Baked Bacon
Preheat the oven to 425 degrees.  Cover a large baking sheet that has a lip with heavy duty aluminum foil.  Place the bacon on the sheet without overlapping.  Bake in the oven for 6 minutes, then rotate the baking sheet 180 degrees and continue to bake until the bacon reaches your desired degree of crispness.  This will depend on your preference, your oven, and the thickness of your bacon.  In general, I allow about 10 more minutes but start checking after about 6 minutes and stay close to the oven to keep watching (bacon goes from perfect to burnt fairly quickly).  Lift the bacon off the pan with tongs and place on a paper towel-lined plate.  Pat the top of the bacon with another paper towel.  Serve.

Allow the aluminum foil and grease to cool before tossing.

Monday, September 5, 2011

Roasted Stuffed Squash

Wow, is it fall already?  Time always seems to proceed normally until around July 4th.  Next thing you know, it's September.  I'm not sure how that works, but it does.  So, it's time to start mentally switching gears to fall-ish foods, which always means squash to me.  I love squash.  As a kid I hated squash on principle because it's a vegetable.  Plus, every squash recipe back then included brown sugar and mini marshmallows.  Blehhh.  At the risk of being called anti-American, I must confess I don't have much of a sweet tooth and don't like sweet stuff on vegetables.  But savory squash recipes are a whole different thing.  Even The Lawyer, a professed squash hater, has confessed to liking this recipe.  A convert!  The secret is to make sure you don't undercook the squash.  That's right, don't undercook.  Squash has to be very tender.  Baked with butter, salt and pepper, it's a great side dish.  If you then stuff it, it's a even greater complete meal.  Use any small squash that you prefer - the most common is acorn, but buttercup is also wonderful or any of the new, cute red varieties in the store.  This recipe is very flexible - use a different meat choice, no meat at all, different mushrooms, different nuts, etc. I've tried both hot Italian sausage and chorizo with great results.  Pepitas are toasted pumpkin seeds and a favorite of mine, but use whatever you like.  Finally, this recipe does take a while to prepare but the good news is that it's kind of like lasagna - you can do all the prep and assembly in advance and just bake it at the last minute which makes it a legitimate contender for a weeknight meal.  But, it's impressive enough for guests - just add a crusty french bread and a dessert, and you're all set.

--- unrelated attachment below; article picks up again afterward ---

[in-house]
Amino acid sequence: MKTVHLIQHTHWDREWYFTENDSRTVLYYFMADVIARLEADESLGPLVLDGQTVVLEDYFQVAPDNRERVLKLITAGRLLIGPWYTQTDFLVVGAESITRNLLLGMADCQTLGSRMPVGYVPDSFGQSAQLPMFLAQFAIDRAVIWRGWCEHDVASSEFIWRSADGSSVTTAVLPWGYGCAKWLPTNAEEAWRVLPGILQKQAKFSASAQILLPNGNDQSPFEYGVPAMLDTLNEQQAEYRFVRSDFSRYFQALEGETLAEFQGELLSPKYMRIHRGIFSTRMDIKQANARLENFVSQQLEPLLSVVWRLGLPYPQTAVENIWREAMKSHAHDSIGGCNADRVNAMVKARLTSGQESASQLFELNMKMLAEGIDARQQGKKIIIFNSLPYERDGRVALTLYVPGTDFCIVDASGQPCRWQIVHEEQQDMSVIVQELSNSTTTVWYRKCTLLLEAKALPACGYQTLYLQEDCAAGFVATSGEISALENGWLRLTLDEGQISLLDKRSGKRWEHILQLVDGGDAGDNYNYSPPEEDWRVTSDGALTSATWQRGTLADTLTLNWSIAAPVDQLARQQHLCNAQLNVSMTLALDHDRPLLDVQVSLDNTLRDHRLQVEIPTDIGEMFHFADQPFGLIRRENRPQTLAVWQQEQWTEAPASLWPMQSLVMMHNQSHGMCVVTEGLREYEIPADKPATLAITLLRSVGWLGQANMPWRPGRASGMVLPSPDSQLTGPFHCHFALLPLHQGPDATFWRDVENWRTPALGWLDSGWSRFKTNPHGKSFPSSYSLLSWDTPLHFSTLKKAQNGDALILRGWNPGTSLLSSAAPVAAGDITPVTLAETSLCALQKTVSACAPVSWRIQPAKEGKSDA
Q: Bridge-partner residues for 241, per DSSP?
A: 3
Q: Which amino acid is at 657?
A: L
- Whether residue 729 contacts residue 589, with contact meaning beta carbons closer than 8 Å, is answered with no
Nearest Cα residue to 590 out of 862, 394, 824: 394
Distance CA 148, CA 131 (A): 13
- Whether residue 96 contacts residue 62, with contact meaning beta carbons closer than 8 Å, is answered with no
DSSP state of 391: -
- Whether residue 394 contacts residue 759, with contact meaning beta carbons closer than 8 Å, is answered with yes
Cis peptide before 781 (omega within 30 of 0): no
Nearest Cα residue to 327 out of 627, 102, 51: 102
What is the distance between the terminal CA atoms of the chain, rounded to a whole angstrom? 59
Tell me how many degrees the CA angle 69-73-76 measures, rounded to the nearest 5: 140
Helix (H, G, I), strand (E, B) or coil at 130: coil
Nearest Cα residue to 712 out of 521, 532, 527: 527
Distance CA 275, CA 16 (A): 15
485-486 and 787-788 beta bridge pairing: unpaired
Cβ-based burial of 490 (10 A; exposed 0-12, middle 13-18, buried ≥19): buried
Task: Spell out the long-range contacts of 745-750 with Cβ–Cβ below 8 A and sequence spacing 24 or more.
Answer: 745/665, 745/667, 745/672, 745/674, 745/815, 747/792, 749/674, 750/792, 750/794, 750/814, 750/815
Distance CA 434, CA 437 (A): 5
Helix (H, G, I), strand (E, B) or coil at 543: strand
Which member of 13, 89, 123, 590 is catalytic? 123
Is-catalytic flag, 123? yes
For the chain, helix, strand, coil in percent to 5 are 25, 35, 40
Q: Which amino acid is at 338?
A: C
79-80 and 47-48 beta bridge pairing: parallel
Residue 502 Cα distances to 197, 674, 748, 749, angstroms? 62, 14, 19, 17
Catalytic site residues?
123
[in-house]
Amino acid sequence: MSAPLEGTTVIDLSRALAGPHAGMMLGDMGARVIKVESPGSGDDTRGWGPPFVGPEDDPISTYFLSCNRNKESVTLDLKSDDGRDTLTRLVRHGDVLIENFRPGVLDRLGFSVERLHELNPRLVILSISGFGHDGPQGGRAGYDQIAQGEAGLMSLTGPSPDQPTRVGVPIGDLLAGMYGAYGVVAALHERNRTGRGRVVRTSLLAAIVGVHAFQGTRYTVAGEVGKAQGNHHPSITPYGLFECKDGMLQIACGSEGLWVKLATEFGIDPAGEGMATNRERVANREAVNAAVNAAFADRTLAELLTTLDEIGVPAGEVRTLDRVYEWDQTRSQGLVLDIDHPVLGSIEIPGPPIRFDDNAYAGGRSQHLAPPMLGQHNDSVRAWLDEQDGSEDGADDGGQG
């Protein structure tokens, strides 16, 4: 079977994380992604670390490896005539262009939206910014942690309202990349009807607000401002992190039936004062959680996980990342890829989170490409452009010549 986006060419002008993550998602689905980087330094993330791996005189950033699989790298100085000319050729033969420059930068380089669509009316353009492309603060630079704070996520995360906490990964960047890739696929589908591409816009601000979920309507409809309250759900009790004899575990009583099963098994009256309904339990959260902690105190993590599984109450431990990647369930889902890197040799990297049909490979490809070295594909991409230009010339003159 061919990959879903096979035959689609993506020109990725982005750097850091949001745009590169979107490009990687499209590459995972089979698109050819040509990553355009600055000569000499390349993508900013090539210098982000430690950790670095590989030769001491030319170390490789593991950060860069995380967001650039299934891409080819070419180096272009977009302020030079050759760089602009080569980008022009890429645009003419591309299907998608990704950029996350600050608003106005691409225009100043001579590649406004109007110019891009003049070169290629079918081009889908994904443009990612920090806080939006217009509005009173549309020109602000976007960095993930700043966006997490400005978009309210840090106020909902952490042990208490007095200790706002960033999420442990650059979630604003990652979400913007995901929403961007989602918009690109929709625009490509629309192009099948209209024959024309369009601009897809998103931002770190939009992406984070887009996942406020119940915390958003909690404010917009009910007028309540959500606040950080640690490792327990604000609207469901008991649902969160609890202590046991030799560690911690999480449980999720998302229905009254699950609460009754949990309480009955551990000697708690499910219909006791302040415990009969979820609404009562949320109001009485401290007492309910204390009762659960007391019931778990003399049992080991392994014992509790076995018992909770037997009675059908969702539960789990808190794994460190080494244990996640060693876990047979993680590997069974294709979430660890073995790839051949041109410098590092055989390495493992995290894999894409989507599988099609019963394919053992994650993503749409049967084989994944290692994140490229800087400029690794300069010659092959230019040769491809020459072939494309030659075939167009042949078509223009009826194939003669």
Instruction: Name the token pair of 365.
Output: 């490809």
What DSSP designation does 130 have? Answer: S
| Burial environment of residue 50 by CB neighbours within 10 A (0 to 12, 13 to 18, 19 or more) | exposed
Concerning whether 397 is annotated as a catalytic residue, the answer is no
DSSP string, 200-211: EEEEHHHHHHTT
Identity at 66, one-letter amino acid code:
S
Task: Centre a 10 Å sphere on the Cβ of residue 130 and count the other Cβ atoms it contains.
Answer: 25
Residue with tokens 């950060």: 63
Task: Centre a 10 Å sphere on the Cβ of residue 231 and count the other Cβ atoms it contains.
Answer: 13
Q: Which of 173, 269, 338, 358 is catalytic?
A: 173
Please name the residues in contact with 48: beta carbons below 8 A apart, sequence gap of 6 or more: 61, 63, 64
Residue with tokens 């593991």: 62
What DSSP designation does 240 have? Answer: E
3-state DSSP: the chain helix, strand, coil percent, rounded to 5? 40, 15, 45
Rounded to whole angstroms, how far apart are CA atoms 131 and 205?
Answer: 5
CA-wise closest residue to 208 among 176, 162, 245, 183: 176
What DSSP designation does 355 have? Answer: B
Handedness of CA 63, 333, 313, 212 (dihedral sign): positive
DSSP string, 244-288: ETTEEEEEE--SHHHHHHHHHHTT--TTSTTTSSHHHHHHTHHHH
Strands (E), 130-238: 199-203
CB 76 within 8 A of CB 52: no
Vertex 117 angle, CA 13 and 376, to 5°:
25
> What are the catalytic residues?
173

**click here for a printable version**
 Roasted Stuffed Squash
4 servings

2 small squash - acorn, buttercup, etc.
1 cup uncooked rice pilaf or wild rice
Cut, cleaned and ready for baking
4 oz sliced button mushrooms (or wild mushrooms)
3 tablespoons margarine, divided
1 cup chopped red pepper
1/2 cup chopped onion
1/2 cup shredded parmesan (plus additional 1/4 cup for garnish)
8 oz crumbled cooked hot Italian sausage (or chorizo or any leftover chopped meat)
1/2 cup chopped parsley
1/4 cup pepitas, toasted (or other toasted nuts)

After baking for 60 minutes, ready to stuff

Preheat oven to 400 degrees.  Cut a thin slice off each end of the squash, then cut in half crosswise.  Carefully scoop out seeds and fibers. Line a baking dish with parchment.  Place squash halves in the baking dish and rub the cut surfaces and the interior of each with 1 tablespoon margarine. Place a small amount of margarine in the bottom of each half.  Season with salt and pepper.  Roast at 400d for 60 minutes.

While the squash is roasting cook the rice according to directions, then drain and set aside to cool.  Preheat a large skillet over medium-high heat and add the remaining tablespoon of margarine, then saute the sliced mushrooms until the moisture has evaporated and the mushrooms are golden.  In a large bowl, combine the rice and mushrooms with the remaining ingredients except the garnish.  At the end of 60 minutes, remove the squash halves from the oven and fill each until mounded.  If you have rice mix left over, it makes a great lunch the next day.  (At this point the squash halves can be refrigerated for baking later.  If refrigerated, add 10 minutes or so to the baking time.)  Place the squash halves back in the oven for an additional 30 minutes, until the filling is hot.  Sprinkle with additional parmesan before serving.